However despite simply crafted clothing being popular, we see the introduction to accessories individualizing people’s outfits. Women in the late 1700’s even began to wear men’s accessories, such as hats and pocket watches this was done to symbolize the divide in gender as well as class. I think this leads to what should be the third rule in Clockpunk attire, accessorize!
I believe Clockpunk fashion is and should be different than Steampunk fashion. Steampunk fashion should not have a tight set of rules like Clockpunk fashion does. As I mentioned earlier Steampunk is based in a post Industrial Revolution era, this is around the 1800’s in what is referred to as the Victorian era. Fashion changes again in the 1800’s. But throughout that change the underlying desire to express oneself individuality through fashion flourishes in the Victorian era. Color is reintroduces as is other fashion attire. But I’ll leave it at that-- head over to my punk sister in arm’s blog post on Steampunk clothing for more on Steampunk clothing. Remember the three rules in dressing Clockpunk;

1.Keep it black, white and grey.
2. Keep your base clothing simple and French inspired.
3. Accessorize!

Bellow are some pictures I think are awesome examples of Clockpunk clothing (even though they are labeled Steampunk.) from a designer named Kato--you'll be hearing a lot about her, the Steampunkette loves her.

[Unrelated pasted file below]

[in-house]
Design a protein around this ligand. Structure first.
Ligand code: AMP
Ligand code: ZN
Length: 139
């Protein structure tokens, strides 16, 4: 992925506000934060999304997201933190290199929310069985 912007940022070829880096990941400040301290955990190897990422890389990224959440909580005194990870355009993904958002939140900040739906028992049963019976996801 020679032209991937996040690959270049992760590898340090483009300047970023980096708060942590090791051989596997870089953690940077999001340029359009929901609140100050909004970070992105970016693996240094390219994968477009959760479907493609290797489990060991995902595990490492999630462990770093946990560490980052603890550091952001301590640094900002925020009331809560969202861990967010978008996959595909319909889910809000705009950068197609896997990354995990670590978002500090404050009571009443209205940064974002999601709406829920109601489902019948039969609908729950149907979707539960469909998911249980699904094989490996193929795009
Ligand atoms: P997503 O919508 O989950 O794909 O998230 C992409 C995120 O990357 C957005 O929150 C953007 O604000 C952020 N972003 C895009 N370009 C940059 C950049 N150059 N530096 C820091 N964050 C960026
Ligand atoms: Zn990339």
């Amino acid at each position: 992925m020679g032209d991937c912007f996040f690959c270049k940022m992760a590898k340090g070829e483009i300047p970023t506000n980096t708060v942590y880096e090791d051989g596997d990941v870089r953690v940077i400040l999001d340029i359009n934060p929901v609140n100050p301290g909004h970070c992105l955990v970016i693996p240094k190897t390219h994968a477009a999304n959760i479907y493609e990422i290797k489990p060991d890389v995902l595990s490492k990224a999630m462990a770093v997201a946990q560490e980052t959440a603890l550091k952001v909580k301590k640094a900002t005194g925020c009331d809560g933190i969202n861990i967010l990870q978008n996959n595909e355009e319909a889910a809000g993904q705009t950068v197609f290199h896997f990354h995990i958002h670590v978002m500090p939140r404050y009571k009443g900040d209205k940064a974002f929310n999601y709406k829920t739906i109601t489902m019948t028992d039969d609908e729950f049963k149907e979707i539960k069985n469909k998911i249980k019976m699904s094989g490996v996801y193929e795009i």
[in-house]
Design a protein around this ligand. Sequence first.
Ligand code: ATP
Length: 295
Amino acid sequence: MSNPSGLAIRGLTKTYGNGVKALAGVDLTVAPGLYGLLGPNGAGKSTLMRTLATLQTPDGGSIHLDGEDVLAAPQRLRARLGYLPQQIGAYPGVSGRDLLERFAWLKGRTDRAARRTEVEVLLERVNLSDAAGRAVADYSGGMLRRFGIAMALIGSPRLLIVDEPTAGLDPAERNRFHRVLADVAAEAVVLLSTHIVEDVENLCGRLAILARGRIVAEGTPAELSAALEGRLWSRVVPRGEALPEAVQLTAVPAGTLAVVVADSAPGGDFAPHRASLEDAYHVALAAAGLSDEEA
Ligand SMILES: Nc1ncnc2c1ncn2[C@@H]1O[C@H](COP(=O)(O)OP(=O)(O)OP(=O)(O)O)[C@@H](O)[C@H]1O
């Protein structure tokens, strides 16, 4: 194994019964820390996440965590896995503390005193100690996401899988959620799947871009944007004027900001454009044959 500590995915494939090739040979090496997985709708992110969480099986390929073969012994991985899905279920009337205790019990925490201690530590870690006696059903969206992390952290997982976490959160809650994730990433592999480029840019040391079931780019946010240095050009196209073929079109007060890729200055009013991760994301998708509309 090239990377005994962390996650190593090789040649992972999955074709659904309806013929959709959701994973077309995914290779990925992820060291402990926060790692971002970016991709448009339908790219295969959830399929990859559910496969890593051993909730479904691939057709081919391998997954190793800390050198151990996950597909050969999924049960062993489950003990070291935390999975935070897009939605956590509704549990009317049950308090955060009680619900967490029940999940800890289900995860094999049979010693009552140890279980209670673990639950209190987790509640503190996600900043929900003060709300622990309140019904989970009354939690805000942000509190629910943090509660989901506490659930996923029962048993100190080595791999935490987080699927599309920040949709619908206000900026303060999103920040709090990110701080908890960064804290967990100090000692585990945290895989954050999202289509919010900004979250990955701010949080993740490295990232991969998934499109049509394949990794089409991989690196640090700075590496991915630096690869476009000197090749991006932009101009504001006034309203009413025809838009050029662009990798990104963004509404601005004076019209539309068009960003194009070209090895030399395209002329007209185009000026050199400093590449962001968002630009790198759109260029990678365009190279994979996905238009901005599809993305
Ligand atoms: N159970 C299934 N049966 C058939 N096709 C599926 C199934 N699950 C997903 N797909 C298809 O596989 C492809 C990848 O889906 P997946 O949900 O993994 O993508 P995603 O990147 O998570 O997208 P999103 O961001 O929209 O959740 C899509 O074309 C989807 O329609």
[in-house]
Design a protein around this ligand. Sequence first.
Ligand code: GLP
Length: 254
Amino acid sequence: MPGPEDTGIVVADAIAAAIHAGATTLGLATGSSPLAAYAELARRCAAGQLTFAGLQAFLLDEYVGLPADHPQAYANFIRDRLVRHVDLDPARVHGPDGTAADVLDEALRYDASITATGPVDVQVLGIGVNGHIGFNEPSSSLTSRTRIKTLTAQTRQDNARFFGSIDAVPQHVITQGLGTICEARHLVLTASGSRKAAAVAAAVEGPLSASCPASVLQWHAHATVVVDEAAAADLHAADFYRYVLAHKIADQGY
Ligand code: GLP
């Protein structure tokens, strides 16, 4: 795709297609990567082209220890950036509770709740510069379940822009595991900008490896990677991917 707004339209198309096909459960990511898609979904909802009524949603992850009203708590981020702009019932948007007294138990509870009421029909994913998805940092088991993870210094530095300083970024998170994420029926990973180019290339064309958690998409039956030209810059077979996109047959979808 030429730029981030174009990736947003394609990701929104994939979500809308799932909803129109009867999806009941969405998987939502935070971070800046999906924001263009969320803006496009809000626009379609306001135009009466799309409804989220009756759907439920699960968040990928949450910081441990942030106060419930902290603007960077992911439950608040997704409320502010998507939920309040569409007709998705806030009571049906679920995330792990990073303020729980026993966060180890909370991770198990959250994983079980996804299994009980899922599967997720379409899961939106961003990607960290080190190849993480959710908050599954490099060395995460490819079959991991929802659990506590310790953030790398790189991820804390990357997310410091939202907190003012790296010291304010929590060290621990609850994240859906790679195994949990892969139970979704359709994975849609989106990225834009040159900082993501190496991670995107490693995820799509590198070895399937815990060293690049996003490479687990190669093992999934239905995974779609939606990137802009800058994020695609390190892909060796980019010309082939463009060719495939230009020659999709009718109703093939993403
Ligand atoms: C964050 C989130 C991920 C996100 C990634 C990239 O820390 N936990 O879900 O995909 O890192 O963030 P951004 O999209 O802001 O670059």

Clockpunk Mascot

Ok so this one is undecided. But I think it should be the British Bulldog.  Why? Well, mostly because I have a Bulldog and they are awesome dogs. But also because in the 1700's it was one of the most popular dogs. Of course if the bulldog is a mascot it should be an all white, or black and white one!
The contender in the Clockpunk mascot race is unfortunately a rat. Because rats have the best known sense of time. And we've all heard the stories of how Rats impacted the world around the 1700's. Can anyone say plague?

Which do you think is a better Clockpunk mascot?

Help spread the Clockpunk revolution and tell others about this blog!
                                         –Rebecca Sky, the Clockpunkette!

7 comments:

  1. I think that though the rat DOES have a great sense of timing, it doesn't have the social graces of the British Bulldog. Tea anyone?

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  2. this si AWESOME!!! im a big fan of steampunk and didnt knew anything of this, is great to know it though, thanks a lot!

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    1. AnyTIME! ;) too much? Ok. Glad to be of service!

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  3. Grey, anything grey.

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  4. Were walking canes popular in that time period? I was thinking of using a silver/gold topped cane in one of my sketches.